Centralized standards team is established
Stage (Optimized Core)
Enterprise-Wide Process owners are established for the core processes
EA Guiding Principles are established (guides investments in tech & how tech is applied)
Business Leadership for project teams (not lead by tech)
Senior Executive oversight for EA (ensures architecture aligns with strategy & is adopted)
Technology Program Managers who coordinate systems & projects to drive optimized core
Stage (Business Modularity)
Core Diagram is created as the guide post for integration & standardization for the organization
Post Implementation Assessments are established (lessons learned)
Formal Research & Adoption process for emerging technologies
Full time EA team is established
As the organization matures, the role of technology leaders must also evolve. CIOs may start out reporting to CFOs or below executive leadership in organizations in the early stages of architecture maturity. As the architecture for the organization matures, more CIOs and architects begin meeting / reporting to CEOs. Once Stage 3 (Optimized Core) has been obtained, 50% of the CIOs begin reporting into the CEO.
The authors stop short of leadership development for both the CIO and the Chief EA. So, I will boldly go where some have imagined and suggest that Beyond Stage 3... (Business Modularity & Dynamic Venturing), the Chief Enterprise Architect begins reporting into the CEO and work with the CIO and other C-level staff to drive growth and differentiation. I see the CEA replacing the CTO position in the future. Also, there are a number of organizations (notably lead by CAEAP) who are aspiring to move the role of EA to a professional status. This plays well into the future evolution of EA as well as the maturing role of the CEA as one of the c-level leaders.
The authors devoted a chapter on The IT Engagement Model, which incorporates Project Management, IT Governance, and Linking Mechanisms (designed to ensure what gets measured gets done in accordance with strategic goals). The notion of IT Governance seems a bit narrow. I would like to see this approached from a different vantage point. It's more about Technology Governance, where IT has played a traditionally smaller role for the whole of the enterprise. This requires an enterprise wide focus for governance, which takes on a much broader perspective. Further, I would like to see Governance (whether IT or EA) be folded under the umbrella of compliance to leverage the compliance auditing roles already established in organizations. This would simplify the oversight, reporting, alignment, and management of architectural/technical/IT compliance with external requirement. In addition, this would ensure that compliance-related processes are built into the change management lifecycle.
A closer look at Governance:
Principles (IT, EA, Technology) - guide decisions for investing in technology and how it will be used
Enterprise Architecture - organizing logic for business processes and IT infrastructure
Technology Infrastructure - centrally coordinated, shared Technology services that provide the foundation for execution
Business Requirements - formal requirements engineering (bridges external & internal customers) to guide development & delivery of technology products & services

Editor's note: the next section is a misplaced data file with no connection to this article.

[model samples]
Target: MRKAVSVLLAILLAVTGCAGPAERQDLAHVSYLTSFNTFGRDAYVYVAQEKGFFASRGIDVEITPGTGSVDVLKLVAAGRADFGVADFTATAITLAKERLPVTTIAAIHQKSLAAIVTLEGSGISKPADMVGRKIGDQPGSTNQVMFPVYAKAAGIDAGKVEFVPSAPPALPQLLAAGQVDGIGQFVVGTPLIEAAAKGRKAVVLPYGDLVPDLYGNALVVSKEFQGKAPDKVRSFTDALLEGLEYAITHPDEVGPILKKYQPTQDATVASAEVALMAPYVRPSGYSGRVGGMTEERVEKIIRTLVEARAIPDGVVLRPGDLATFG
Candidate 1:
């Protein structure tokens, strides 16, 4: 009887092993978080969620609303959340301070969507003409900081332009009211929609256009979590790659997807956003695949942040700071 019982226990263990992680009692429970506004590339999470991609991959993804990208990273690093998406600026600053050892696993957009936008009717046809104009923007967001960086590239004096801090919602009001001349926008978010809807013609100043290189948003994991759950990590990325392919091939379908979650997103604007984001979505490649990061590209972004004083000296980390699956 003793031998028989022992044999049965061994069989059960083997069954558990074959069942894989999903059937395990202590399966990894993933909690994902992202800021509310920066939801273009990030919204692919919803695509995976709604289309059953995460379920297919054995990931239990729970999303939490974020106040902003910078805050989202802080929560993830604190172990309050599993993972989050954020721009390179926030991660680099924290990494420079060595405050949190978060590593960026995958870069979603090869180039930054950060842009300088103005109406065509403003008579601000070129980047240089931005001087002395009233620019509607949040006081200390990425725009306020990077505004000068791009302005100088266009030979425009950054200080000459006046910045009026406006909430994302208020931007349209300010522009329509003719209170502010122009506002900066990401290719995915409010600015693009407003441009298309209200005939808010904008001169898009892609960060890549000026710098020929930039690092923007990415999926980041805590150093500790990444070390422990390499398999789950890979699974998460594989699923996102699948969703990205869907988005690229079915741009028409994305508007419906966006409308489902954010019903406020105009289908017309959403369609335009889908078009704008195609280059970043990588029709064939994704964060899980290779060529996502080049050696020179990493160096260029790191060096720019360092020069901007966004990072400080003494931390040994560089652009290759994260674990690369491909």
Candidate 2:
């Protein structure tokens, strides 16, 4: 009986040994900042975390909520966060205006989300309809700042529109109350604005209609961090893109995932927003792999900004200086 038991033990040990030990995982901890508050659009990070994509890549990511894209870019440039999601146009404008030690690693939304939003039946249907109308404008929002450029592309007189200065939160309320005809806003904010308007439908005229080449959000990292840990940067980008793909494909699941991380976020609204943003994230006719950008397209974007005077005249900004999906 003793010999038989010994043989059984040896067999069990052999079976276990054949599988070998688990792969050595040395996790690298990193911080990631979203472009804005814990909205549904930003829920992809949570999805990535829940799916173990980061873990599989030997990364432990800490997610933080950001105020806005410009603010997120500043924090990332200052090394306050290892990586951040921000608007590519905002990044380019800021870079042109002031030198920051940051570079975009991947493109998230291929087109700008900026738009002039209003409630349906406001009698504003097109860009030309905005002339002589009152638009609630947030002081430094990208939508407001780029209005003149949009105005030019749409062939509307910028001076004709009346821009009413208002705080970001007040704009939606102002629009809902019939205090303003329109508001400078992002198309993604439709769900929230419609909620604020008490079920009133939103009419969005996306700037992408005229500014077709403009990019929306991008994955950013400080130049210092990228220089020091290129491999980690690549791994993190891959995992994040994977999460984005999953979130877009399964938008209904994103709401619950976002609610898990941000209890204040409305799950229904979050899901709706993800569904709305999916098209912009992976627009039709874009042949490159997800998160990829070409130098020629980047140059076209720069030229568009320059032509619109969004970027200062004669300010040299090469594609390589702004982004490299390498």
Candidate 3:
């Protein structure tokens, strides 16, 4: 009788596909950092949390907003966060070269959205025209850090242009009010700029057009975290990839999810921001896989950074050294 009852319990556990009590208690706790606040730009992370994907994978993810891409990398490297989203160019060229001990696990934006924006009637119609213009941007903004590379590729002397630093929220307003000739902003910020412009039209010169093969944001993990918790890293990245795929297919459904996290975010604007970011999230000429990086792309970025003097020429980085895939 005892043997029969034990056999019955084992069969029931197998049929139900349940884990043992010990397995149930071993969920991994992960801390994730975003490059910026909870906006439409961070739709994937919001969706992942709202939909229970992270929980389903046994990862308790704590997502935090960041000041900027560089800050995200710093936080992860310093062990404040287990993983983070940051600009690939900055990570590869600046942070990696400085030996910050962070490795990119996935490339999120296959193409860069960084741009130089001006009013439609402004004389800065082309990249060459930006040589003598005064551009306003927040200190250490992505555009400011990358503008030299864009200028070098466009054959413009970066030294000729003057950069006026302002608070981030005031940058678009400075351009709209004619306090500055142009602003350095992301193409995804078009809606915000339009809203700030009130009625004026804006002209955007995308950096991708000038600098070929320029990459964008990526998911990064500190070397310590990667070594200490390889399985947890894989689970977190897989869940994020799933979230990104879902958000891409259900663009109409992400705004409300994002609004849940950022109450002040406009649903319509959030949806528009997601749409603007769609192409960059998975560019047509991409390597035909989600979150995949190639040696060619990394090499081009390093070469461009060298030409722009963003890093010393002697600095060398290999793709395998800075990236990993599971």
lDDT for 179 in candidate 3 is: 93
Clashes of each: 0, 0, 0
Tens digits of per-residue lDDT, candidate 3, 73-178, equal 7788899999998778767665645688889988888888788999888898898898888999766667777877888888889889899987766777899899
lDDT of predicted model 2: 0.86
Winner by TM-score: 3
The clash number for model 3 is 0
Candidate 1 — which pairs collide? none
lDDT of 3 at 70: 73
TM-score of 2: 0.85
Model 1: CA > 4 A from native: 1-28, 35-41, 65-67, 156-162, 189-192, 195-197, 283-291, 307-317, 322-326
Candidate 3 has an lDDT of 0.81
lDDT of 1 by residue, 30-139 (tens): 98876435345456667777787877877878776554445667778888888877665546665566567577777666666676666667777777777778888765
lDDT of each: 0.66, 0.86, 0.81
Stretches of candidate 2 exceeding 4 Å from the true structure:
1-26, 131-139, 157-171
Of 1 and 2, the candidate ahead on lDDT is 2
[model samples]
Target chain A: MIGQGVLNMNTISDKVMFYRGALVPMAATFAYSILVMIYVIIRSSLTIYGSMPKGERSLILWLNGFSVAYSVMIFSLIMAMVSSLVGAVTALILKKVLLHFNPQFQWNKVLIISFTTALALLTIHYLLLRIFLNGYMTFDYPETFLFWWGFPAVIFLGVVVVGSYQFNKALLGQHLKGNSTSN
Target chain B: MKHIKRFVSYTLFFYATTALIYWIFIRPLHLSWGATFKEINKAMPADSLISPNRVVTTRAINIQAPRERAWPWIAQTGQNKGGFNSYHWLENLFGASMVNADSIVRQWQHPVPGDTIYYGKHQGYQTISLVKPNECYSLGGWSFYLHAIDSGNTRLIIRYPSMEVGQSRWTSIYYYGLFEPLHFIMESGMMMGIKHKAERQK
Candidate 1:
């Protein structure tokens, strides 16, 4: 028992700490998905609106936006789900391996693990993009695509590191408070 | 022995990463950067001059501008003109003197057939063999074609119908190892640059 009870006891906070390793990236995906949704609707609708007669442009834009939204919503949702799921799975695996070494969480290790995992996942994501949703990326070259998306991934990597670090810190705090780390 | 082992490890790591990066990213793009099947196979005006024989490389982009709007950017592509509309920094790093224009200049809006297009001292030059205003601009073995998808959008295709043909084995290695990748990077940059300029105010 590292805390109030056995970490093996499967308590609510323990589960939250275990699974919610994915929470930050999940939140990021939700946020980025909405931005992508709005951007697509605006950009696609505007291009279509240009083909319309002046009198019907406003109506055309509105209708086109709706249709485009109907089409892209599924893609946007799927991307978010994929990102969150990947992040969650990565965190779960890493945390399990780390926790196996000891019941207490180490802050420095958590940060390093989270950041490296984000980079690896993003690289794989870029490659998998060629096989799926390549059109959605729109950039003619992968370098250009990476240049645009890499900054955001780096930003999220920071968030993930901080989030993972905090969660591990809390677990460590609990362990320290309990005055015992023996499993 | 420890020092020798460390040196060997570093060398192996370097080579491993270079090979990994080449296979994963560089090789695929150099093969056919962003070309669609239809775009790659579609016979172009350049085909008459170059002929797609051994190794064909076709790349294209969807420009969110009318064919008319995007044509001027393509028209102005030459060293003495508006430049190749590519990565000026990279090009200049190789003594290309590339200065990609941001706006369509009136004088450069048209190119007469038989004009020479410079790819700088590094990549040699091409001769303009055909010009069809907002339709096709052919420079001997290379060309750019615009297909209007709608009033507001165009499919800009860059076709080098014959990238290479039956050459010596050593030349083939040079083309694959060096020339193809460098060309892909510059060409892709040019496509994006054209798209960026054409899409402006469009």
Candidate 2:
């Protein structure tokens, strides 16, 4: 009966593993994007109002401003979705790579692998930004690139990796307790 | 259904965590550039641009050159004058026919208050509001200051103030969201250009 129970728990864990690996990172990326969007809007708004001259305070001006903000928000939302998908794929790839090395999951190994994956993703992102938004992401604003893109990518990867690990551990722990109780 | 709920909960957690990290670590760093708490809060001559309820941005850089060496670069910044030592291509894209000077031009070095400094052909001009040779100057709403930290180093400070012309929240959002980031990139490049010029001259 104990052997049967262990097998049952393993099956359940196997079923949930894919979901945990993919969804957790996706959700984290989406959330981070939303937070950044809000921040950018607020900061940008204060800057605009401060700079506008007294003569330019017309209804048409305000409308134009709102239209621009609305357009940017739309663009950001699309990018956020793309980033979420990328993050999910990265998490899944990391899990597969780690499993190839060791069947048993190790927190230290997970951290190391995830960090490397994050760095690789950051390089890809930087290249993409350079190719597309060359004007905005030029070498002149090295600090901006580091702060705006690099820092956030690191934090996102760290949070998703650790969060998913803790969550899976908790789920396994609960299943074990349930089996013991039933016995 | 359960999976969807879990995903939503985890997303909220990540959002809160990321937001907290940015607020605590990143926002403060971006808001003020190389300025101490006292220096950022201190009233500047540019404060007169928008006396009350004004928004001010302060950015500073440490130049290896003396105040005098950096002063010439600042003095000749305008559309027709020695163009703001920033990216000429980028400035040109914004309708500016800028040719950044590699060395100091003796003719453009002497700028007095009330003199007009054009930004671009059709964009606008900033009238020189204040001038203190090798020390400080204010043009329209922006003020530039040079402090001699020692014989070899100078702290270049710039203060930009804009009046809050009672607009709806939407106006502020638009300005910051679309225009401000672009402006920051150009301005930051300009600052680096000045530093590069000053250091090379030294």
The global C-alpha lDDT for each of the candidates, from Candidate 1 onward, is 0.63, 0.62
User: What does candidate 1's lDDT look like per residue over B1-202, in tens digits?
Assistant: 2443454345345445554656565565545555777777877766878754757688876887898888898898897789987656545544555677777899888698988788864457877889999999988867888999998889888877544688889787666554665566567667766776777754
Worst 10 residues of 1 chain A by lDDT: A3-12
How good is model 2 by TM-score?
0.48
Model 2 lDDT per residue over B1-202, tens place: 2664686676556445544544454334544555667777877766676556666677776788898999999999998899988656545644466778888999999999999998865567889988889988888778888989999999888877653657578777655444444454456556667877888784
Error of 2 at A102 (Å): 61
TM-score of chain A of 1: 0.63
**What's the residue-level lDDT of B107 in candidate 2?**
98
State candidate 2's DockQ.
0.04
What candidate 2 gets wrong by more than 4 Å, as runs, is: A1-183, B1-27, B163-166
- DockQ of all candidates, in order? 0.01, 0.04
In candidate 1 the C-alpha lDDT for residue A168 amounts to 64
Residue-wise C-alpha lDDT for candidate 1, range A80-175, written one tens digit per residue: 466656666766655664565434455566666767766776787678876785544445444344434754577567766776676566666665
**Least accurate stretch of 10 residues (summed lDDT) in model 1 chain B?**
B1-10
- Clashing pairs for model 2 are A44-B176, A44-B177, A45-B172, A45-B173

Prioritization and investment - framework for guiding how/when/what investments will be made and establishing consistent criteria for evaluating the portfolio of investments / projections.
The Linkage Mechanisms are used to ensure processes, projects, people, and technology are aligned with the business needs, compliance needs, and operational needs.
Unfortunately, the results of all these change management frameworks do not always align with the desired outcomes for customers (internal & external). There is a need for a more integrated and enterprise wide focus on identifying customer needs to ensure there is alignment throughout the value network to properly ensure that linkage is realized.
A large chapter was devoted to Outsourcing (which is important for laying the groundwork around dynamic venturing). Outsourcing has 3 key objectives:
Efficiency (cost reduction, variable capacity, expertise on demand)
Architectural Improvement (re-engineer internal business processes, increase process discipline)
Strategic Adaptation (focus on competitiveness, strategic agility, leverage new technologies, mitigate technology risks, technology & expertise transfer)
There are 3 Outsourcing Models in use today:
Strategic Partnering (50% - lowest level of success for consumer & provider)
Co-Sourcing (65% / 75% - level of success for consumer / provider)
Transaction (90% - the highest level of success for consumer & provider)
A guide for outsourcing w/in each stage of maturity:
Business Silos (easily isolated processes, narrowly focused transaction outsourcing, focus on cost savings)
Standardized Technology (IT infrastructure mgmt, strategic partnership, focus on IT mgmt discipline, cost savings, risk reduction, mgmt focus)
Optimized Core (Project mgmt of major systems implementations, co-sourcing alliance, focus on technology/expertise transfer, process discipline, re-engineering, mgmt focus, cost effectiveness, variable capacity, and risk sharing)
Business Modularity (process design & operational support with technology, transaction outsourcing, strategic agility, leverage IT & Process expertise for world class processes, variable capacity, mgmt focus, cost-effectiveness, and risk sharing)
Exploring Stage 5 (Dynamic Venturing):
Technology Capability - Seamless merging with systems
Business Objectives - ROI of new business ventures
key Mgmt Capability - Create self-contained business components
Who defines Technology Services - IT, business, and industry leaders and partners
Key Governance Issues - Joint Venture governance
Strategic Implications - Organic reconfiguration
Stage 5 includes the following elements:
Business Rules - abstraction, governance, and control
Business Processes - optimized processes that can be exposed to partners
Data - key data to be shared & kept private is accessible via standard modular interfaces
Interfaces - standard ways of connecting components w/in & w/out the organization
Security - ubiquitous capability covering core assets (data/process/business rules/components)
Integration - strategic, negotiated, and rules-driven to ensure compliance, adaptation, & resiliency
6 Step Program to rethink an organization's foundation for execution:
Analyze the existing foundation for execution
Define the operating model
Design the enterprise architecture
Design and implement a Technology engagement model (IT & beyond)
Exploit your foundation for execution to drive growth
Top 10 Leadership Principles
Commit to the foundation
Initiate Change from the top & remove barriers
Feed the Core - Experiment
Use Architecture as a Compass & Communication Tool
Don't skip stages
Implement the foundation one project at a time
Don't do it alone - outsource
Invest in your people
Reward enterprise thinking
Empower employees with the foundation for Execution